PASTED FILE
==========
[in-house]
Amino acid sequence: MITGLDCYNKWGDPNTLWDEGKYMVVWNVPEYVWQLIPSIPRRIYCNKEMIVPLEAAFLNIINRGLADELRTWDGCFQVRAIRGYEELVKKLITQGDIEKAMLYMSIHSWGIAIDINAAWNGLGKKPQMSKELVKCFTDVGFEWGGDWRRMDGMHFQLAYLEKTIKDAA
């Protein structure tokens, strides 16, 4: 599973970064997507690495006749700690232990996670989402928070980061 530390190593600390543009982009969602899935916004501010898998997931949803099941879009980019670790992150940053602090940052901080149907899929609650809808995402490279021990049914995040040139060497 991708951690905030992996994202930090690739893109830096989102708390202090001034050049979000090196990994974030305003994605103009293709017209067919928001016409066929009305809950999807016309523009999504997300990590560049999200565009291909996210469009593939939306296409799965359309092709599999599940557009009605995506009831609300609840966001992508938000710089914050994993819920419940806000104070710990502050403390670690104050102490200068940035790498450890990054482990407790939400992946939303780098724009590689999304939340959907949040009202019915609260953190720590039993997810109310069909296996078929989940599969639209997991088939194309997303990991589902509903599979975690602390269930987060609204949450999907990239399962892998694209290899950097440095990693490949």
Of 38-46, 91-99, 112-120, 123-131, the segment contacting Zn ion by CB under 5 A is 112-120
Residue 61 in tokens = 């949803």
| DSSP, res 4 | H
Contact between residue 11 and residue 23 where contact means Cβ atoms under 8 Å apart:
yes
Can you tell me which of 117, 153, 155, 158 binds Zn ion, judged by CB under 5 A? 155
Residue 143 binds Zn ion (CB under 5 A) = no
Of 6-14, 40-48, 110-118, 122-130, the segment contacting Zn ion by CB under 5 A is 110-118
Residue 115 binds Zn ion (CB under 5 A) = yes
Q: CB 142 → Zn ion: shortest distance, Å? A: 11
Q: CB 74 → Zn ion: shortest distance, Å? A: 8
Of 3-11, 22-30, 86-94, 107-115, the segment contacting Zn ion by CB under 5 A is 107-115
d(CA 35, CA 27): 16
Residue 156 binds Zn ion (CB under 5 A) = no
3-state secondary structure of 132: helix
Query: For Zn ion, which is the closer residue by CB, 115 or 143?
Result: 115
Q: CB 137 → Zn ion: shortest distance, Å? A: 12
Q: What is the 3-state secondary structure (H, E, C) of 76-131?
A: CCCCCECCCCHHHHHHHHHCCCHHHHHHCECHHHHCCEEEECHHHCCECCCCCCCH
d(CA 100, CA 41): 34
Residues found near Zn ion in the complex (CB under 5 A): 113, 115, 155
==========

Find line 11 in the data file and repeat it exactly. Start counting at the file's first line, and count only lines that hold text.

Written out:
Of 6-14, 40-48, 110-118, 122-130, the segment contacting Zn ion by CB under 5 A is 110-118